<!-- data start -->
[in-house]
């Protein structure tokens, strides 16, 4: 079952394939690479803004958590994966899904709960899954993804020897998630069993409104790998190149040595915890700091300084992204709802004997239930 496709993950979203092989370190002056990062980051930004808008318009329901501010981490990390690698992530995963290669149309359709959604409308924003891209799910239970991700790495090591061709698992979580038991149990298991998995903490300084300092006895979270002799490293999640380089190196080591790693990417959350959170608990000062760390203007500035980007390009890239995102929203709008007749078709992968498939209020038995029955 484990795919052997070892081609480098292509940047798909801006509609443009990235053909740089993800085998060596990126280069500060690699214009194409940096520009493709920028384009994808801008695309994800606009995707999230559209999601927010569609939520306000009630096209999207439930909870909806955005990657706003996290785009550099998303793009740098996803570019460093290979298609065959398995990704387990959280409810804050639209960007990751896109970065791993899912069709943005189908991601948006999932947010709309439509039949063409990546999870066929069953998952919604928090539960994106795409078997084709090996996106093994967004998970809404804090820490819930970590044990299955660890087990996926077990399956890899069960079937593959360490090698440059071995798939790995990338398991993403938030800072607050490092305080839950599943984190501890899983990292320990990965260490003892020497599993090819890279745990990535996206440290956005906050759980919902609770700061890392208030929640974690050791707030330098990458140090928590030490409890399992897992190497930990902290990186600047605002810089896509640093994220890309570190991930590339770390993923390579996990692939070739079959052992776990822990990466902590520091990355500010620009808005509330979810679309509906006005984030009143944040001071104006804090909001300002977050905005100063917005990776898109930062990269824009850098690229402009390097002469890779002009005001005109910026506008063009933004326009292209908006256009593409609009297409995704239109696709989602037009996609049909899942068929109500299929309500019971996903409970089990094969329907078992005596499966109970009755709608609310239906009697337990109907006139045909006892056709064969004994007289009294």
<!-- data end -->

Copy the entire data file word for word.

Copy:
[in-house]
């Protein structure tokens, strides 16, 4: 079952394939690479803004958590994966899904709960899954993804020897998630069993409104790998190149040595915890700091300084992204709802004997239930 496709993950979203092989370190002056990062980051930004808008318009329901501010981490990390690698992530995963290669149309359709959604409308924003891209799910239970991700790495090591061709698992979580038991149990298991998995903490300084300092006895979270002799490293999640380089190196080591790693990417959350959170608990000062760390203007500035980007390009890239995102929203709008007749078709992968498939209020038995029955 484990795919052997070892081609480098292509940047798909801006509609443009990235053909740089993800085998060596990126280069500060690699214009194409940096520009493709920028384009994808801008695309994800606009995707999230559209999601927010569609939520306000009630096209999207439930909870909806955005990657706003996290785009550099998303793009740098996803570019460093290979298609065959398995990704387990959280409810804050639209960007990751896109970065791993899912069709943005189908991601948006999932947010709309439509039949063409990546999870066929069953998952919604928090539960994106795409078997084709090996996106093994967004998970809404804090820490819930970590044990299955660890087990996926077990399956890899069960079937593959360490090698440059071995798939790995990338398991993403938030800072607050490092305080839950599943984190501890899983990292320990990965260490003892020497599993090819890279745990990535996206440290956005906050759980919902609770700061890392208030929640974690050791707030330098990458140090928590030490409890399992897992190497930990902290990186600047605002810089896509640093994220890309570190991930590339770390993923390579996990692939070739079959052992776990822990990466902590520091990355500010620009808005509330979810679309509906006005984030009143944040001071104006804090909001300002977050905005100063917005990776898109930062990269824009850098690229402009390097002469890779002009005001005109910026506008063009933004326009292209908006256009593409609009297409995704239109696709989602037009996609049909899942068929109500299929309500019971996903409970089990094969329907078992005596499966109970009755709608609310239906009697337990109907006139045909006892056709064969004994007289009294």